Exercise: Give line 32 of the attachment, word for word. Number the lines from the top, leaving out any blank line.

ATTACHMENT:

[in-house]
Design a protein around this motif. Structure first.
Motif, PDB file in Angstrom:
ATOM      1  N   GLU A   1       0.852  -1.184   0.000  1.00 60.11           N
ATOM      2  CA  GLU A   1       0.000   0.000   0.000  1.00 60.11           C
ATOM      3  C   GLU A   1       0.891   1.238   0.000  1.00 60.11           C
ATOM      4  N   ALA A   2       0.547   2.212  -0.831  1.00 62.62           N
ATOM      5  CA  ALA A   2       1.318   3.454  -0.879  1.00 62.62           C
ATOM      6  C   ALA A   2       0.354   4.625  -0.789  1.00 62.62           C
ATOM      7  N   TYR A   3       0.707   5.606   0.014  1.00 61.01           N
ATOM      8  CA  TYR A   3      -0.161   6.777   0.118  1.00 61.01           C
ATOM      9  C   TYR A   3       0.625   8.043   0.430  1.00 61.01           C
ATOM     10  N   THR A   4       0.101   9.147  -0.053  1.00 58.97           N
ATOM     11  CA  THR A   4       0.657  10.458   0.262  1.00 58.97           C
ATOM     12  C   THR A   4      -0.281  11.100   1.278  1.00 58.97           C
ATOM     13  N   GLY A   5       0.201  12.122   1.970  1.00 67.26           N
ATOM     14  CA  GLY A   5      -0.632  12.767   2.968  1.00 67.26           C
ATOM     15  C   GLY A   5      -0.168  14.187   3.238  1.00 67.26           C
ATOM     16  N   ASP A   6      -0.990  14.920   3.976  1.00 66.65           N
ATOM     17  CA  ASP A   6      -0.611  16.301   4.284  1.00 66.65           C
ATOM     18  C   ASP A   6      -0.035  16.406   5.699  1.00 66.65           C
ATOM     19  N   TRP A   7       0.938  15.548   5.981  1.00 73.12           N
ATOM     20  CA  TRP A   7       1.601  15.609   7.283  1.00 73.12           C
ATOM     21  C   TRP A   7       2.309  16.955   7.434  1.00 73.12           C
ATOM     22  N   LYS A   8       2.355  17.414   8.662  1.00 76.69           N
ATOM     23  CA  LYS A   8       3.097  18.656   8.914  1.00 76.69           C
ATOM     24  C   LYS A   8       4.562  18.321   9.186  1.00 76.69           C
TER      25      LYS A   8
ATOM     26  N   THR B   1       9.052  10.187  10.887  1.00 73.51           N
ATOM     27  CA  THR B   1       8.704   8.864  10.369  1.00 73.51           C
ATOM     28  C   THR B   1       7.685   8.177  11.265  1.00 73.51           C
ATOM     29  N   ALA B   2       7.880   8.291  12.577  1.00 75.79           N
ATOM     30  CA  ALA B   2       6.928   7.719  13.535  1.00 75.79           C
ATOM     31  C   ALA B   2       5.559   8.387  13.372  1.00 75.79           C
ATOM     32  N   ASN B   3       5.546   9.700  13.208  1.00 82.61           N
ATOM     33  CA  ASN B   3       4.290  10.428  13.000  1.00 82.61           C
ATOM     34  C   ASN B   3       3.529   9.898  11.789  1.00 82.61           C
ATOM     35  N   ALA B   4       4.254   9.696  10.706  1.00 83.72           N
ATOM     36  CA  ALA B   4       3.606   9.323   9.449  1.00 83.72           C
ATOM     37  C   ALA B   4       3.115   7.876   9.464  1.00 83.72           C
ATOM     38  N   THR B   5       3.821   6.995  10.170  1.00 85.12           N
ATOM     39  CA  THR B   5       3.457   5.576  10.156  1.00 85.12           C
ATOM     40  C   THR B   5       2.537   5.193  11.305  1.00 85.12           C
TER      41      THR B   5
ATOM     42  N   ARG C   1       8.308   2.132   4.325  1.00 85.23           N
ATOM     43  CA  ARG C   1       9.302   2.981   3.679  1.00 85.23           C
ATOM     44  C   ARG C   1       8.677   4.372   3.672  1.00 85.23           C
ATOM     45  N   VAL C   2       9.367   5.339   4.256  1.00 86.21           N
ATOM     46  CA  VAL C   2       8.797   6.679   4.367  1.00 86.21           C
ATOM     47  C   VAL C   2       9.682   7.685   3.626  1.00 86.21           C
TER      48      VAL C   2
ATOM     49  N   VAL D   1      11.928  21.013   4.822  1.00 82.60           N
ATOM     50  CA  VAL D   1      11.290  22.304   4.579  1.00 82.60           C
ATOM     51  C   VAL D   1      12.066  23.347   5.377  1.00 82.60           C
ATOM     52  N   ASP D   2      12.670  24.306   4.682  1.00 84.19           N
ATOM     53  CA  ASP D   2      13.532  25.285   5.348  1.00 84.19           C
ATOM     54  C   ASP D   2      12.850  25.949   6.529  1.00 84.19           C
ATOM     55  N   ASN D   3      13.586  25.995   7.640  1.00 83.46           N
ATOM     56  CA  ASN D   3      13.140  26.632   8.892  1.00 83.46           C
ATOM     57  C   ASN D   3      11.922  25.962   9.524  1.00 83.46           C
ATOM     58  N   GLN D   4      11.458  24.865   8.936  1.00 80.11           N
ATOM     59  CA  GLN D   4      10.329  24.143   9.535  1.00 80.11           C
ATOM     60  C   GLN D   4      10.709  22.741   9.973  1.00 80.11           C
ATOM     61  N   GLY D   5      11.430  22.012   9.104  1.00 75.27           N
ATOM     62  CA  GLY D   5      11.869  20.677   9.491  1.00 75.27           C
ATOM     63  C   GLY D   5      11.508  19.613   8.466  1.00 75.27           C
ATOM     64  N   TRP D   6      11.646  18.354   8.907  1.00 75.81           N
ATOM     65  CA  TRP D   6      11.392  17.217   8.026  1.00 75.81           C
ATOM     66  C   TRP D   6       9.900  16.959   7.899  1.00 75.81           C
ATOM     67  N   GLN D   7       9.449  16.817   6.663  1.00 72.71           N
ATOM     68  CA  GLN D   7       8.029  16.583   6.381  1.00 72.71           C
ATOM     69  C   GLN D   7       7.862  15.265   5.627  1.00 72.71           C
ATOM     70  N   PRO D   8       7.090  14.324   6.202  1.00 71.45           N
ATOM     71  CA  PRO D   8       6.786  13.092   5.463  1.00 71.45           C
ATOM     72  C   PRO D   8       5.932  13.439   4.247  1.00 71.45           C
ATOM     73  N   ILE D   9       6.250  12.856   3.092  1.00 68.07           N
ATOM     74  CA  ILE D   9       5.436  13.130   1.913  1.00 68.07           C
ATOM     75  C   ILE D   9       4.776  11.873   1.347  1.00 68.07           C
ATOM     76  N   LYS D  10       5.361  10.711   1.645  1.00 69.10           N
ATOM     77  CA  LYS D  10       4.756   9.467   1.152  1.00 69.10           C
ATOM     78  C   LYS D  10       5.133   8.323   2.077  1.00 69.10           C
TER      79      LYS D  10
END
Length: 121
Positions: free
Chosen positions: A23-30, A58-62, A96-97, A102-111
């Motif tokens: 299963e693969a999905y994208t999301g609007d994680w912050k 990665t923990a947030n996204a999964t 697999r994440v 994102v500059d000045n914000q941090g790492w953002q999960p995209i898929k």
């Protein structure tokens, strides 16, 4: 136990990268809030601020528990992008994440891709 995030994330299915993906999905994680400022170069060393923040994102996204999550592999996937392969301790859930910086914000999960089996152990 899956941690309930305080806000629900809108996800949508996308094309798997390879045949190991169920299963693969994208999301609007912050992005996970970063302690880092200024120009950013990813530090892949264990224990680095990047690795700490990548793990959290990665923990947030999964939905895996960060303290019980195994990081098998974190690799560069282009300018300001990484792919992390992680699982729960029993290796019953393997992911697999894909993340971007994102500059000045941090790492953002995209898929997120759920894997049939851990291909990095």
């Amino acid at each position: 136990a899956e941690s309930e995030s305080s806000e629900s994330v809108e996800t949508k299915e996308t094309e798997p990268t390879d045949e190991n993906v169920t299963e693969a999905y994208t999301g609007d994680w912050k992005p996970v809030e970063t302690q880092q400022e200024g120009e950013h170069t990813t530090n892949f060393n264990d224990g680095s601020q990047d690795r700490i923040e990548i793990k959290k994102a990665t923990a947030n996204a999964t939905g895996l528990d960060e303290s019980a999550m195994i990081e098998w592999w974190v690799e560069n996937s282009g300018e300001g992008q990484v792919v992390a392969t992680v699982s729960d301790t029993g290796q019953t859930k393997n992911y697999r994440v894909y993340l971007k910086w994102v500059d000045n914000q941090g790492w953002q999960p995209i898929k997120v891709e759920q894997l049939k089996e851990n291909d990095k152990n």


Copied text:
ATOM     29  N   ALA B   2       7.880   8.291  12.577  1.00 75.79           N